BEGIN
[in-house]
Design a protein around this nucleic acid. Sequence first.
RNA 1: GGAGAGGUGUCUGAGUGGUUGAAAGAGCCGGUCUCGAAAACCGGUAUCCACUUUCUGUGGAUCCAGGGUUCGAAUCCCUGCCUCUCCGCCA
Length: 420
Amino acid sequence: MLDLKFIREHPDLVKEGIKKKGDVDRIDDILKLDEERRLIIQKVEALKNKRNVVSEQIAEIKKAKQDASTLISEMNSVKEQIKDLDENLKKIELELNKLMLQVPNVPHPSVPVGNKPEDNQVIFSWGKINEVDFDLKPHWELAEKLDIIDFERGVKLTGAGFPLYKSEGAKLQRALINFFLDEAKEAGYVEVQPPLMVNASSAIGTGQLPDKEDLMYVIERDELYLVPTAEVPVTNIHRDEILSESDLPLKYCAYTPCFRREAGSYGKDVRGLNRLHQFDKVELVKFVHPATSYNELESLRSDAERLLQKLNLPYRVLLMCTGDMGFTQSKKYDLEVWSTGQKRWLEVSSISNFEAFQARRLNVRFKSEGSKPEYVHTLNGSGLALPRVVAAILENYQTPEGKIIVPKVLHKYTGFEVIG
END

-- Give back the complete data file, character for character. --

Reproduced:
[in-house]
Design a protein around this nucleic acid. Sequence first.
RNA 1: GGAGAGGUGUCUGAGUGGUUGAAAGAGCCGGUCUCGAAAACCGGUAUCCACUUUCUGUGGAUCCAGGGUUCGAAUCCCUGCCUCUCCGCCA
Length: 420
Amino acid sequence: MLDLKFIREHPDLVKEGIKKKGDVDRIDDILKLDEERRLIIQKVEALKNKRNVVSEQIAEIKKAKQDASTLISEMNSVKEQIKDLDENLKKIELELNKLMLQVPNVPHPSVPVGNKPEDNQVIFSWGKINEVDFDLKPHWELAEKLDIIDFERGVKLTGAGFPLYKSEGAKLQRALINFFLDEAKEAGYVEVQPPLMVNASSAIGTGQLPDKEDLMYVIERDELYLVPTAEVPVTNIHRDEILSESDLPLKYCAYTPCFRREAGSYGKDVRGLNRLHQFDKVELVKFVHPATSYNELESLRSDAERLLQKLNLPYRVLLMCTGDMGFTQSKKYDLEVWSTGQKRWLEVSSISNFEAFQARRLNVRFKSEGSKPEYVHTLNGSGLALPRVVAAILENYQTPEGKIIVPKVLHKYTGFEVIG